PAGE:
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World Shares Look Past Lockdowns as U.S. Election draws Nearer

World Shares Look Past Lockdowns as U.S. Election draws Nearer

On Monday, world shares recovered slightly after reaching one-month lows, as strengthening factory data in Europe and China offset news of new COVID-19 lockdowns, while investors geared up for more volatility that arose from the upcoming U.S. presidential elections. Tracking shares in 49 countries, the MSCI world equity index surged by 0.4% at 1047 GMT, after a strong performance in Asia, as data showed that there had been an expansion in Chinese factory activity at the fastest pace in the last decade. 

In October, there was also a jump in the eurozone manufacturing, which also aided Europe in leaving behind a cautious start. In other news, the United Kingdom became the latest country in the area to announce a fresh national lockdown for fighting a second wave of coronavirus infections. Italy was also scheduled to approve new COVID-19 restrictions as early as Monday, after Germany and France had made moves last week, which had led to a broad sell-off in the markets. Last week, the pan-European FTSE Eurofirst 300 benchmark had reached a five-month low. However, it was last seen at a session high, as it has surged by 1.1% due to increased hopes that this new lockdown wouldn’t last for as long as the previous one did.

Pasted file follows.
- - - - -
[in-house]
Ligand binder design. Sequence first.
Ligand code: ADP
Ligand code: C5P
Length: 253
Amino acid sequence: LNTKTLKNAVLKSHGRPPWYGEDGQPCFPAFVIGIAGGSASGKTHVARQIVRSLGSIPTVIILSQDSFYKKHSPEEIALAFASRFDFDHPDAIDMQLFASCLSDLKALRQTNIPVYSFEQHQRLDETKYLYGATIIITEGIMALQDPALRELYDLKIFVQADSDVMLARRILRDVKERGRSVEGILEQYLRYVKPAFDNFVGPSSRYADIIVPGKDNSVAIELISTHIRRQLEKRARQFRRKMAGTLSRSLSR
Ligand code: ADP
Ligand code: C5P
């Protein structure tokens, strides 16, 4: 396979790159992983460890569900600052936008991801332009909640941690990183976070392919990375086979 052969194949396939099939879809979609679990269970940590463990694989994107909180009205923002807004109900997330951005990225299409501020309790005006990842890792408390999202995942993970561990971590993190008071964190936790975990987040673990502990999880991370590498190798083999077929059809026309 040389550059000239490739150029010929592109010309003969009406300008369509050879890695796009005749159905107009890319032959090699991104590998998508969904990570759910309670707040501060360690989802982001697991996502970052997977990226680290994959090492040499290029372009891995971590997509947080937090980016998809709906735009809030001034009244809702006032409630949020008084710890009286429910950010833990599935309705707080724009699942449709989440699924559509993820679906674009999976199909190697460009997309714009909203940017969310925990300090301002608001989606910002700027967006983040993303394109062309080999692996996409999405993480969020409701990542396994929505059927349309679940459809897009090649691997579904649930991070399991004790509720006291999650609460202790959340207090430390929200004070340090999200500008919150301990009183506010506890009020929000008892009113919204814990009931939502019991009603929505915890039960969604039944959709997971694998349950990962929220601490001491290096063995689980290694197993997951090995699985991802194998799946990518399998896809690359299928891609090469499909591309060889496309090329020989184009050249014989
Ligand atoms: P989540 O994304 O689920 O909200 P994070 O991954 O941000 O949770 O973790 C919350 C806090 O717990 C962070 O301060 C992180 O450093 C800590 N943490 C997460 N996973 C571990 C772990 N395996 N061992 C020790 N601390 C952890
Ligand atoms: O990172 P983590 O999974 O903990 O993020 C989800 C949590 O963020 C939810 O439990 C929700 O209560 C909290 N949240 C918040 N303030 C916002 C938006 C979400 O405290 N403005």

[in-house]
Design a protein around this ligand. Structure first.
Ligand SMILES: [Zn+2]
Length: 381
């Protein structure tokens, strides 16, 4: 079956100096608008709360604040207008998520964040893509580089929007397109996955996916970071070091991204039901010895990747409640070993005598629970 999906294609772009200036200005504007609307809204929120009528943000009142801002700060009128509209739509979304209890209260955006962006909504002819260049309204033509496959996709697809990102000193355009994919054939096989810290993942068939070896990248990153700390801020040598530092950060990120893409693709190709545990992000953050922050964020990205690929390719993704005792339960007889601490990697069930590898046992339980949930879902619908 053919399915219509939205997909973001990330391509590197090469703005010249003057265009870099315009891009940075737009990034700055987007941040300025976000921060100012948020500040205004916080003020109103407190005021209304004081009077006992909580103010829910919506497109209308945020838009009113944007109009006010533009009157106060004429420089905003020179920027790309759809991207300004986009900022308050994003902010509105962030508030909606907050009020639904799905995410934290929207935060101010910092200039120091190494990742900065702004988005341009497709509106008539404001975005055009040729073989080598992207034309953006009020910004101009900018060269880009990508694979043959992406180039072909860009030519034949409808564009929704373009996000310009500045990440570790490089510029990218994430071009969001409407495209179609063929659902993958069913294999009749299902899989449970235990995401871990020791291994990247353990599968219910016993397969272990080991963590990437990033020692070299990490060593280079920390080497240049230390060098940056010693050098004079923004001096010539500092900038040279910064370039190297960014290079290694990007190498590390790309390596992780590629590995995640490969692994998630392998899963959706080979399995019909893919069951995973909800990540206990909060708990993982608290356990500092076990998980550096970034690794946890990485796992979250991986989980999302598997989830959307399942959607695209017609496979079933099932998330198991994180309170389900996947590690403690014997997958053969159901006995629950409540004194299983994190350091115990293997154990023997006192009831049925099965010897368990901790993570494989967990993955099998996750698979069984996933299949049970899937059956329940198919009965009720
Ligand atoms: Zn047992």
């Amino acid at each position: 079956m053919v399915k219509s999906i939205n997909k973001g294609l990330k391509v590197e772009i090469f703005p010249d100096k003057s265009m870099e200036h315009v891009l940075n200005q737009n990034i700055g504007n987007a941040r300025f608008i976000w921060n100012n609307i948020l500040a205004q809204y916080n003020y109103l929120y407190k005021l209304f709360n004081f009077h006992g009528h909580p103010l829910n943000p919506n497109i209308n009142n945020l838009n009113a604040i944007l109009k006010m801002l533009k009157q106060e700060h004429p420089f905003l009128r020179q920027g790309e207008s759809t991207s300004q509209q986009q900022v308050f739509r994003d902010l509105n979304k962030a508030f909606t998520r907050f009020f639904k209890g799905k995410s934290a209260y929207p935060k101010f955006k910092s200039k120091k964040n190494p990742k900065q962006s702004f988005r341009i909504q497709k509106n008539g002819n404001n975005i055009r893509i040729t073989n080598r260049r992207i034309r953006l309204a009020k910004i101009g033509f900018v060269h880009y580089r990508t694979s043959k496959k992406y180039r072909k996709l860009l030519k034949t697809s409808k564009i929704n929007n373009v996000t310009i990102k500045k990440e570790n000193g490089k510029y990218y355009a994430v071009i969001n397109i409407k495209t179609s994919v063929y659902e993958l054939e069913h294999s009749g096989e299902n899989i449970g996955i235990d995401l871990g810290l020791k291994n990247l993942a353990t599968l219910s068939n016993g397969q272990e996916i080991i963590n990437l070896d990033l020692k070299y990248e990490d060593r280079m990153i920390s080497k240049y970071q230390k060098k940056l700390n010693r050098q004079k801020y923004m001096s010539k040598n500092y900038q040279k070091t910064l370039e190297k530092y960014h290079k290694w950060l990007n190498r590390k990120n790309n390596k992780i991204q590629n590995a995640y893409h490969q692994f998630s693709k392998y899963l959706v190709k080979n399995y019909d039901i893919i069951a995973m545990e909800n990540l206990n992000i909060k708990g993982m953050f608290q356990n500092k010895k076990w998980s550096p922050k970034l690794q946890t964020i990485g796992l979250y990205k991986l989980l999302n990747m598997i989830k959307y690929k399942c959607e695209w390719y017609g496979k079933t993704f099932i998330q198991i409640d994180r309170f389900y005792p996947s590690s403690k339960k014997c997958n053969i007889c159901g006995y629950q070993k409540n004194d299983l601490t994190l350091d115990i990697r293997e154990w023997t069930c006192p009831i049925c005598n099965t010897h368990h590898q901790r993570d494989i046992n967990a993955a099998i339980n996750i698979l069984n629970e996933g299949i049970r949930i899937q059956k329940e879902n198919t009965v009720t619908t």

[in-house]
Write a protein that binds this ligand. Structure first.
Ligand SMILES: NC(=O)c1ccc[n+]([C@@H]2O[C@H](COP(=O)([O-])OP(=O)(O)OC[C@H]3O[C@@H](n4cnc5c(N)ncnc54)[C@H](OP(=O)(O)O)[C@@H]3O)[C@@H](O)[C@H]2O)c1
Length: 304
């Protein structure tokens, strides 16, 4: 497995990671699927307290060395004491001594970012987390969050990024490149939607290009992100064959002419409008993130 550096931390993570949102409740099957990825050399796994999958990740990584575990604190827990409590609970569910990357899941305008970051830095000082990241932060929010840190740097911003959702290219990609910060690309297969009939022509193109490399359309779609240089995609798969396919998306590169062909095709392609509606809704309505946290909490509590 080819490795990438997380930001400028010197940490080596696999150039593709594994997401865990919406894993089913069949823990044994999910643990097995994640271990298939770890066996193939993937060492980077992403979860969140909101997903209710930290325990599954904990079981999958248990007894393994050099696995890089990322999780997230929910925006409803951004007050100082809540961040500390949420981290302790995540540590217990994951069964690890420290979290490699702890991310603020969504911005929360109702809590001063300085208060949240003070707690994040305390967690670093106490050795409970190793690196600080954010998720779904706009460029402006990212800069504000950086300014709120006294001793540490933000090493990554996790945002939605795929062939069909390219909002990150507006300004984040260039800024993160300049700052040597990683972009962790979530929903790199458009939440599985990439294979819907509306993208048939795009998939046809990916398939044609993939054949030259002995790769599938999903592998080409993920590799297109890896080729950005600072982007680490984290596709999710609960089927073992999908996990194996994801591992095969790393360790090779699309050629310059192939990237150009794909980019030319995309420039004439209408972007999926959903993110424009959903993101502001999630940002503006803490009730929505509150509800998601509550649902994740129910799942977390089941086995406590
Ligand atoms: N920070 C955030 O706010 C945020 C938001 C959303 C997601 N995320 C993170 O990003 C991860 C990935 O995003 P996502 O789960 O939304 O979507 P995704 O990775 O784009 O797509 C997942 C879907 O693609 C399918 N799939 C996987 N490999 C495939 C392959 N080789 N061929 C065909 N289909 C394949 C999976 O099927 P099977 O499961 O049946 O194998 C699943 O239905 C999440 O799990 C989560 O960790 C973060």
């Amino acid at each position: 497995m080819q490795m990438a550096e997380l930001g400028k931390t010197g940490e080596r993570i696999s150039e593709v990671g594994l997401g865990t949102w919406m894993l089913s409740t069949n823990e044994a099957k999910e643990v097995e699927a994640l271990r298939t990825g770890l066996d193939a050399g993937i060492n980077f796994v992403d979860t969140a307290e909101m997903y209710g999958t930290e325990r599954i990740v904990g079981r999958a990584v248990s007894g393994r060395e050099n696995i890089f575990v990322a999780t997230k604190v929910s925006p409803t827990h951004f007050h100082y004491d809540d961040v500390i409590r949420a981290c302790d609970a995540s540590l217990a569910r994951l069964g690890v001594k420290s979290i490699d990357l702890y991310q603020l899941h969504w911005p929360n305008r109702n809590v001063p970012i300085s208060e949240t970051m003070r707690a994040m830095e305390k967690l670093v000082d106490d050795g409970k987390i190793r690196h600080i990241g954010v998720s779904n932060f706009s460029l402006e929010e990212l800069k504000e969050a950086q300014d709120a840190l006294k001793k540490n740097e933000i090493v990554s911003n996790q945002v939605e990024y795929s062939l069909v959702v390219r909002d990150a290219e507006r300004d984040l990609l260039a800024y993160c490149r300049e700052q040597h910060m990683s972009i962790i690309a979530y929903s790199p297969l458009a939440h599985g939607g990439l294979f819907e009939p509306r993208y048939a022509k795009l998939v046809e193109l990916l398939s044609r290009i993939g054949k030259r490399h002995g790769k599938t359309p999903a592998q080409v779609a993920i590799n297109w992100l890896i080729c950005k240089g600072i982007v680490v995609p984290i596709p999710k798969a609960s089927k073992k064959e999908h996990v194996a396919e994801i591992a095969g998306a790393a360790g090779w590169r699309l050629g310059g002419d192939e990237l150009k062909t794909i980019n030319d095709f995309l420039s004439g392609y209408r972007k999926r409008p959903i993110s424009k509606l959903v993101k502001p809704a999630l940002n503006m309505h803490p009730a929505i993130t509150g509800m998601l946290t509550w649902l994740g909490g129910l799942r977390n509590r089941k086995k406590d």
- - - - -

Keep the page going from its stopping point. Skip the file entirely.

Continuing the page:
Market strategists said that Europe was going to have a difficult winter ahead and the question to be asked about European countries is whether they will be able to come out of these lockdown measures in some way by the end of November or early December, or if the measures will be extended further. The focus was more or less shifting towards the U.S. presidential elections that are scheduled for Tuesday, even though investors are ready for the possibility that it could take a couple of days before the results become evident. 

Currently, the Democratic candidate Joe Biden is ahead of the Republican President Donald Trump in all national polls, but polls in a state that will probably decide the election show that there is very close competition. Market analysts said that given the possibility that the election outcome wouldn’t be clear on Wednesday or will be further delayed, there is a possibility that volatility could go up and this could result in a major roller-coaster ride. Analysts are worried that a contested election would cloud the prospect of additional fiscal stimulus needed for battling the COVID-19 effects in the world’s largest economy. 

Moreover, the size of the fiscal stimulus would depend on the party that wins the Senate. Last week, the VIX volatility index had reached its highest level within four months. It had eased by a single point and there was a 1% increase in U.S. stock index futures, which indicated that Wall Street was going to make a clear recovery. Meanwhile, fresh lockdowns in part of the United States and Europe have raised concerns about the outlook of fuel consumption. Last week, global coronavirus cases had surged with Europe reaching a record 10 million infections. In contrast, the UK is dealing with 20,000 numbers on a daily basis.

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